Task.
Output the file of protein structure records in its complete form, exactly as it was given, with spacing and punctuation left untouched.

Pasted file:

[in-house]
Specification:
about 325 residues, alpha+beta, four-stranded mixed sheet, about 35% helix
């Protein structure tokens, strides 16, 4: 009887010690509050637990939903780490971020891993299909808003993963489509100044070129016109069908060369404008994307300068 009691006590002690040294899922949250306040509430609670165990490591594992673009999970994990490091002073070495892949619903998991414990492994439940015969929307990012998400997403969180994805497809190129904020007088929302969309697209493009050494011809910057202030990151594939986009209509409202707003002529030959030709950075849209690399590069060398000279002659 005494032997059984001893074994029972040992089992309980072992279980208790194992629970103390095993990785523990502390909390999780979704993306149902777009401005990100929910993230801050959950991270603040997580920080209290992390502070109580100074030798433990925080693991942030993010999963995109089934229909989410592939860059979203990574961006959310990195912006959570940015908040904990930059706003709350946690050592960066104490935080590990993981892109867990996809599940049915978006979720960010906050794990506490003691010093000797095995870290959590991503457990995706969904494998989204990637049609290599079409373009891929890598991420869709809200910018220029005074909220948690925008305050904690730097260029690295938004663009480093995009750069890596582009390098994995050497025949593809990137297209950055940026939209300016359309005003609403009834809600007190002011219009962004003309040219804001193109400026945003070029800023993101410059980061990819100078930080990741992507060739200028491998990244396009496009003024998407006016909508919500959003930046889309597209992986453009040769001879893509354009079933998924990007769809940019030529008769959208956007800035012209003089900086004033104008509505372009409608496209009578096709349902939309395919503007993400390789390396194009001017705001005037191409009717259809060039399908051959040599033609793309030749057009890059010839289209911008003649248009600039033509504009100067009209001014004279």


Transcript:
[in-house]
Specification:
about 325 residues, alpha+beta, four-stranded mixed sheet, about 35% helix
């Protein structure tokens, strides 16, 4: 009887010690509050637990939903780490971020891993299909808003993963489509100044070129016109069908060369404008994307300068 009691006590002690040294899922949250306040509430609670165990490591594992673009999970994990490091002073070495892949619903998991414990492994439940015969929307990012998400997403969180994805497809190129904020007088929302969309697209493009050494011809910057202030990151594939986009209509409202707003002529030959030709950075849209690399590069060398000279002659 005494032997059984001893074994029972040992089992309980072992279980208790194992629970103390095993990785523990502390909390999780979704993306149902777009401005990100929910993230801050959950991270603040997580920080209290992390502070109580100074030798433990925080693991942030993010999963995109089934229909989410592939860059979203990574961006959310990195912006959570940015908040904990930059706003709350946690050592960066104490935080590990993981892109867990996809599940049915978006979720960010906050794990506490003691010093000797095995870290959590991503457990995706969904494998989204990637049609290599079409373009891929890598991420869709809200910018220029005074909220948690925008305050904690730097260029690295938004663009480093995009750069890596582009390098994995050497025949593809990137297209950055940026939209300016359309005003609403009834809600007190002011219009962004003309040219804001193109400026945003070029800023993101410059980061990819100078930080990741992507060739200028491998990244396009496009003024998407006016909508919500959003930046889309597209992986453009040769001879893509354009079933998924990007769809940019030529008769959208956007800035012209003089900086004033104008509505372009409608496209009578096709349902939309395919503007993400390789390396194009001017705001005037191409009717259809060039399908051959040599033609793309030749057009890059010839289209911008003649248009600039033509504009100067009209001014004279």